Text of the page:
Chapter 224 authorized the HPC to administer several investment programs, the largest of which is the Community Hospital Acceleration, Revitalization and Transformation (CHART) investment program. CHART is a phased investment program that reinvests nearly $120 million, initially funded by a 1-time assessment on large Massachusetts health systems and commercial payers, into certain community hospitals to enhance delivery of efficient, effective care and prepare them to achieve success in a value-based environment.10 In this paper, we examine the structure of the CHART investment program, offer insights from the design of CHART Phases 1 and 2, and provide lessons learned that can be redeployed by other states seeking to transform healthcare delivery among their community hospitals.

The CHART Investment Program

To support community hospitals in advancing value-based care readiness, CHART provides a roadmap to develop capacities and capabilities for innovative approaches to care delivery. The goals of the CHART program, as defined in Chapter 224, are to: 1) improve and enhance the ability of community hospitals to serve populations efficiently and effectively, 2) advance the adoption of health IT, 3) accelerate the ability to electronically exchange information with other providers in the community to ensure continuity of care, 4) support infrastructure investments necessary for the transition to APMs, 5) aid in the development of care practices and other operational standards necessary for certification as an ACO, and 6) improve the affordability and quality of care.

To achieve these goals, the HPC structured the CHART program in multiple phases over several years to allow awardees to transition from short-term care delivery improvement initiatives to longer-term preparation for VBP. CHART Phase 1 ($9.2 million, 28 awardees, February 2014 to September 2014) focused on short-term, high-need initiatives to build capacity. CHART Phase 2 ($60 million, 25 awardees, September 2015 to February 2018), a 2-year program with staggered program start dates, aims to support the transformation of community hospitals in their delivery of efficient and effective care. To be considered eligible to receive CHART funding, hospitals must meet specific criteria established as part of Chapter 224. CHART-eligible acute care hospitals are: 1) nonprofit community hospitals, 2) nonteaching hospitals, and 3) relatively low priced.7,11 At the time of CHART Phase 1 procurement, 31 of Massachusetts’ 80 hospitals (3 have closed since 2013) satisfied the eligibility criteria.

CHART Phase 1: Foundational Investments for Transformation. Planning for CHART Phase 1 began in mid-2013, with the request for proposals (RFP) released in October 2013. This initial phase of foundational investments was targeted toward providing support for short-term infrastructure expenditures to facilitate hospital and system transformation. Phase 1 projects were grouped into 3 pathways: 1) rapid-cycle pilots aimed at improving quality or reducing costs, 2) capability and capacity building, and 3) planning for operational improvement geared toward hospital and system transformation.12 As part of the application process, each hospital identified specific process, quality, and financial metrics that would be evaluated at regular intervals throughout Phase 1. Metrics varied based on the context of each project. HPC provided technical assistance (TA) in the form of implementation consultation and clinical expertise to each hospital awardee.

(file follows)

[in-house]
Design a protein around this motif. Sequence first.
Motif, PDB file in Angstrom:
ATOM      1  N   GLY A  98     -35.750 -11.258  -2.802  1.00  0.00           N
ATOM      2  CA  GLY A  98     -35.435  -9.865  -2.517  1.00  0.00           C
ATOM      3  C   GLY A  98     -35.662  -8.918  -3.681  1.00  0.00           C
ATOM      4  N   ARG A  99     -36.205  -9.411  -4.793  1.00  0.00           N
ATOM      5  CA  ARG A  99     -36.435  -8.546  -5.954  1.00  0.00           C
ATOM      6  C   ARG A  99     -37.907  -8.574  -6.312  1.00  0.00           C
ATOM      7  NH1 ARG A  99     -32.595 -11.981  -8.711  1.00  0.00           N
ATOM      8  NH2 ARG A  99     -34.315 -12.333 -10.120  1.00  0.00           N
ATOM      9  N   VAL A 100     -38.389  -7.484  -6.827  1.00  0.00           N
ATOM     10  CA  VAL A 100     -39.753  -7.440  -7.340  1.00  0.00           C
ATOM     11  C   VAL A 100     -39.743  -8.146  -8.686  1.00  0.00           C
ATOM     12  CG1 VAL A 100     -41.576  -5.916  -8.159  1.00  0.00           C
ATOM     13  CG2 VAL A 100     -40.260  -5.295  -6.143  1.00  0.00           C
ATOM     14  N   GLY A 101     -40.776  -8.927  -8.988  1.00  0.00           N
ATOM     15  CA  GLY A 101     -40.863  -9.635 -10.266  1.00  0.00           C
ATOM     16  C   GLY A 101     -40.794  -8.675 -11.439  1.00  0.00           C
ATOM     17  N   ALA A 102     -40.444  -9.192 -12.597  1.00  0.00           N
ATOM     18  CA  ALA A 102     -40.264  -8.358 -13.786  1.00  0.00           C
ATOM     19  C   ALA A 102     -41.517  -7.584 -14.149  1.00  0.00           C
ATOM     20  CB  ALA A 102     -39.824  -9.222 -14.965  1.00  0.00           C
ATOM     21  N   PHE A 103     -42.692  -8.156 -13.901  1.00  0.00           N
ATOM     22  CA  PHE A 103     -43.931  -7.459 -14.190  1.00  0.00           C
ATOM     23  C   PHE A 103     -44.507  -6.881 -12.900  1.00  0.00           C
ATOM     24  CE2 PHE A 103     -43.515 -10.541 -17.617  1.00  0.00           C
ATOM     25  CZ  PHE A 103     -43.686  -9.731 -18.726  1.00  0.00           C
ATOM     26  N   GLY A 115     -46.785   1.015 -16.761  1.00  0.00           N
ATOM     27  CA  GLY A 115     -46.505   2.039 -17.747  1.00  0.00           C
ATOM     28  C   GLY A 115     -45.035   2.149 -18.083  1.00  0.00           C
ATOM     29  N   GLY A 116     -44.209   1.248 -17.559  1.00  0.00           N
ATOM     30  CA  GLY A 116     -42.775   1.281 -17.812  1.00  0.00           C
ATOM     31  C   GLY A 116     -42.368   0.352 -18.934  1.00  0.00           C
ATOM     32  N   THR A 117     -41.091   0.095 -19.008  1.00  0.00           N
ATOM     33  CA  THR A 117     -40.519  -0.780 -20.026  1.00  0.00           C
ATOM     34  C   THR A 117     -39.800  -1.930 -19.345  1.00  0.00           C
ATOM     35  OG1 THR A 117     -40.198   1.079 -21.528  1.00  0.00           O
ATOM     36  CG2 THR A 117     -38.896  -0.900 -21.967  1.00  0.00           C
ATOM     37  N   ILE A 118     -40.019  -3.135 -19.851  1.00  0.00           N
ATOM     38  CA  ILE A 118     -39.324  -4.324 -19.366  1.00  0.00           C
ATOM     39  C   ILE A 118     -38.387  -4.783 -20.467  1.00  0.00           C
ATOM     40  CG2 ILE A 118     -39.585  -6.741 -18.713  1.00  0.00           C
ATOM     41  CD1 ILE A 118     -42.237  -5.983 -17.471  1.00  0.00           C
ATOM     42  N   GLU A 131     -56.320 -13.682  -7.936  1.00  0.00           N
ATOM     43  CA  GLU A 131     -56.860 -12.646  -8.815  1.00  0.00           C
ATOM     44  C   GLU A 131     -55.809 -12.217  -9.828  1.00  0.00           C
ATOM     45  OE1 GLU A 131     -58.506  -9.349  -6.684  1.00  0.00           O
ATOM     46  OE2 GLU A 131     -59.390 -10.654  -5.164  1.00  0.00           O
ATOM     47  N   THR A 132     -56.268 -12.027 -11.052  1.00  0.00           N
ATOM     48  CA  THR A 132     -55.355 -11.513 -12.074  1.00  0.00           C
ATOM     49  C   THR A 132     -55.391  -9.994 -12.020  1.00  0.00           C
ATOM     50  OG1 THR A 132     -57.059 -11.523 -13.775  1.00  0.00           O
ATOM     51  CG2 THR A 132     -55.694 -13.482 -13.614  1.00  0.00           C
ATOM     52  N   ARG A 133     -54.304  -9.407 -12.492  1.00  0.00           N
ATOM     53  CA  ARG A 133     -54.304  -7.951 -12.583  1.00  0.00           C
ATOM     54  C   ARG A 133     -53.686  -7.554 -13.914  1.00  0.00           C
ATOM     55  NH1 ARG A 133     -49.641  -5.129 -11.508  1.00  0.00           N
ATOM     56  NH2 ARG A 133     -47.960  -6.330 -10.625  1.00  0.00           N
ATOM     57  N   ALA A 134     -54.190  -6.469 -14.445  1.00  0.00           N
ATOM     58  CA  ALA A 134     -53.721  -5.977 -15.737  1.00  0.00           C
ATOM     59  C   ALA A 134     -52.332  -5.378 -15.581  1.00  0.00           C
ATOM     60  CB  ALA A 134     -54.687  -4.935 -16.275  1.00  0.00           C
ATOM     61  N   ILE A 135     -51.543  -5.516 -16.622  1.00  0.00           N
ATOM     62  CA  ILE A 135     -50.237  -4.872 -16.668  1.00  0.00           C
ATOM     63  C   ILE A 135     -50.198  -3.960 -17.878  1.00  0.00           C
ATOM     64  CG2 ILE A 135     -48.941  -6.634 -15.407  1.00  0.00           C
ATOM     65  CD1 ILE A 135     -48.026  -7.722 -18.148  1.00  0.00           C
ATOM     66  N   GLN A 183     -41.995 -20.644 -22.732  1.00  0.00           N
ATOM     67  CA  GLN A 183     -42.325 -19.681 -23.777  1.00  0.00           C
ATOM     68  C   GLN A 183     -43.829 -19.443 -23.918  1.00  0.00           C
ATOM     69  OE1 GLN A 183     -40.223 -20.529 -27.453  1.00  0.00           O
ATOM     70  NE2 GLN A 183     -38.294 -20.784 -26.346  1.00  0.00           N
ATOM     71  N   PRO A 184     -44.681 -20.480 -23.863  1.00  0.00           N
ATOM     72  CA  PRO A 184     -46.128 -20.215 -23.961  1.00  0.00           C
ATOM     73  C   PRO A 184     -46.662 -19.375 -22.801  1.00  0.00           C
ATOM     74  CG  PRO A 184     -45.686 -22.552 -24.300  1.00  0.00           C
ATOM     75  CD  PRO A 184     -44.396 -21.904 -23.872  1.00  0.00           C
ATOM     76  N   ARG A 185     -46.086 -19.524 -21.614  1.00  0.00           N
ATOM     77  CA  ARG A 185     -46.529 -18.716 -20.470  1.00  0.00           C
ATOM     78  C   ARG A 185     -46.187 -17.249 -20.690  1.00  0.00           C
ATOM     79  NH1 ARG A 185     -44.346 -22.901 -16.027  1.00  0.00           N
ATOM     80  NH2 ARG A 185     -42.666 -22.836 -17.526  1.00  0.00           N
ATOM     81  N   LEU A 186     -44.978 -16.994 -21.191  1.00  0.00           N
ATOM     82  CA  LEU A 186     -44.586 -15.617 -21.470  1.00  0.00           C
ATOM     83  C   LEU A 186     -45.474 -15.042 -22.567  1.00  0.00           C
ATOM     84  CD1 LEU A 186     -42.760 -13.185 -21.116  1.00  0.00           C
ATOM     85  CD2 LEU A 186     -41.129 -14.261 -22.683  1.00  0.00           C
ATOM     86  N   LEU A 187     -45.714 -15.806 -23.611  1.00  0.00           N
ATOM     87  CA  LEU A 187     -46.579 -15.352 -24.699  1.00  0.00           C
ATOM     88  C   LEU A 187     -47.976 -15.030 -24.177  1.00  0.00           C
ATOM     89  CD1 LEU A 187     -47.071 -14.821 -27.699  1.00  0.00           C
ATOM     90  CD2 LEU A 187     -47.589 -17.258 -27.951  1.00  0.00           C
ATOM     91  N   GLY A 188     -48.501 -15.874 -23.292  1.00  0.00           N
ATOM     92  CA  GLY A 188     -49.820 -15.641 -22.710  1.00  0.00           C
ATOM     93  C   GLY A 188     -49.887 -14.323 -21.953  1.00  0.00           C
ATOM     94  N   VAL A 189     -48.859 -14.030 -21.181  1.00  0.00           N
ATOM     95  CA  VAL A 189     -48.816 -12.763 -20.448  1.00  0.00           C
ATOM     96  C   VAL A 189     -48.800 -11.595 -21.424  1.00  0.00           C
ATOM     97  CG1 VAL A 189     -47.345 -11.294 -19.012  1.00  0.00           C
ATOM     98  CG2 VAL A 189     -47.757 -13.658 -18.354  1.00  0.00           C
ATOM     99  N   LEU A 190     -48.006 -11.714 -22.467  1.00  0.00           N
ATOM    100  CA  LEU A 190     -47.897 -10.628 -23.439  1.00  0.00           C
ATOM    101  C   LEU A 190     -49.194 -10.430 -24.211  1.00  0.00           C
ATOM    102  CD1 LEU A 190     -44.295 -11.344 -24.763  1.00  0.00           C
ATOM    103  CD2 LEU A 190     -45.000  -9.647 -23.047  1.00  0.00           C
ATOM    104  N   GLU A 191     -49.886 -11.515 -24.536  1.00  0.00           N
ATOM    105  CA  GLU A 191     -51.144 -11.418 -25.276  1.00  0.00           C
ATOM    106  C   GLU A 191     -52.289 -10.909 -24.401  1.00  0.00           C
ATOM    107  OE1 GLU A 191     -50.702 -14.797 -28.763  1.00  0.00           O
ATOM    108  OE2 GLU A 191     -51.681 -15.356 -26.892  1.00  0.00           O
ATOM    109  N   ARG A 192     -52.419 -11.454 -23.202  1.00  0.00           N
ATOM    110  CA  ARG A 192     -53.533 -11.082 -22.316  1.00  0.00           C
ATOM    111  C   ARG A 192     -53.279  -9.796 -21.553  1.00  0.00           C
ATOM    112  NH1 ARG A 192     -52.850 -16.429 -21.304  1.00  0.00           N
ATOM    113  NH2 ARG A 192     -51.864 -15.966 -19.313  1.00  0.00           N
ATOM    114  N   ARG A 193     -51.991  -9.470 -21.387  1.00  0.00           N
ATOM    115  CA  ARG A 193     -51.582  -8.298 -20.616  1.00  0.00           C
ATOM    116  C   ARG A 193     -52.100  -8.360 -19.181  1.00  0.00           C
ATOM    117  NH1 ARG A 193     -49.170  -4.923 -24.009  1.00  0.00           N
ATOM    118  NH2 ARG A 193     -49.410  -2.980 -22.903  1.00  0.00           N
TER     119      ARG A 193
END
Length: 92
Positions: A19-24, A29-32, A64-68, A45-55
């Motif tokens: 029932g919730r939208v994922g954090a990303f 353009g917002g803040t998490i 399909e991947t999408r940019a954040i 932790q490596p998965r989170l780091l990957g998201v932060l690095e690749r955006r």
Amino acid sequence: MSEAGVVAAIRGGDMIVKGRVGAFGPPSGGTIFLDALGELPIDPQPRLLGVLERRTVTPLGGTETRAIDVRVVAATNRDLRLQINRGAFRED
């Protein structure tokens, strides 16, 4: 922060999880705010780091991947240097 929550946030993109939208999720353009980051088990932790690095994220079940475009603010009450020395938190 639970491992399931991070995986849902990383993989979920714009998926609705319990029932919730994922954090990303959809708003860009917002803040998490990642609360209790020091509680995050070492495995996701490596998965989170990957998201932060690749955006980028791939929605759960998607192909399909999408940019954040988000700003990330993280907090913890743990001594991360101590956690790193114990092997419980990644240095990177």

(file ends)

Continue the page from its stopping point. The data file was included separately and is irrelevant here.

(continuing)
eAppendix Table 1 (eAppendices available at provides a summary of the CHART Phase 1 hospital awards by funding amount. Approximately $9.2 million was awarded to 28 acute care community hospitals during Phase 1.13 Award amounts ranged from a minimum of $65,000 (Beverly Hospital) to a maximum of $500,000 (Holyoke Medical Center). Hospital projects focused on a range of clinical and operational areas, including hospital utilization and care coordination (n = 18 projects; eg, inpatient and outpatient diabetes care coordination among patients with high utilization), technology enhancements (n = 16; eg, planning for health information exchange connectivity), behavioral health (n = 8; eg, improvements in behavioral health case management in the ED), and patient safety and education or process improvement (n = 7; eg, implementation of a high-risk intervention team that provides patient education, medication management, and discharge planning to patients with complex chronic illnesses). Many hospitals implemented more than 1 project as part of their CHART Phase 1 award. 

CHART Phase 2: Driving System Transformation. Lessons from CHART Phase 1 informed the design and implementation of CHART Phase 2, which sought to build upon the Phase 1 foundation by transforming the healthcare delivery system and calling for a paradigm shift in the community hospitals’ approach to care delivery. The HPC identified 3 outcomes-oriented aims for CHART Phase 2: 1) maximize appropriate hospital use, 2) enhance behavioral health care, and 3) improve processes to reduce waste and improve quality and safety.14 The HPC released the CHART Phase 2 RFP in June 2014 and received 30 (out of a possible 31) prospectuses. Proposals were submitted in September 2014, awards were given the following month, and a robust yearlong iterative and collaborative implementation planning period began. As a result of this process, 25 projects (20 individual hospital projects and 5 multihospital projects) were ultimately approved and funded. CHART Phase 2 initiatives launched on a rolling basis beginning in September 2015, and by February 2016, all 25 awardees had initiated their 24-month Phase 2 projects.  

eAppendix Table 2 provides a summary of each CHART Phase 2 award by hospital, project, primary project aim statement, and funding amount. In all, nearly $60 million was deployed to fund 25 programs, with funding amounts ranging from $900,000 (Baystate Franklin Medical Center, Baystate Noble Hospital, and Baystate Wing Hospital Joint Award) to $8 million (Southcoast Hospitals Group Joint Award).15 Hospital projects ranged in focus, including high-risk care teams using integrated technology, services for behavioral health patients presenting in the ED, and the integration of services across multiple outpatient care settings. CHART Phase 2 program aims primarily focused on reducing 30-day readmission rates (n = 16) and reducing ED utilization (n = 11).16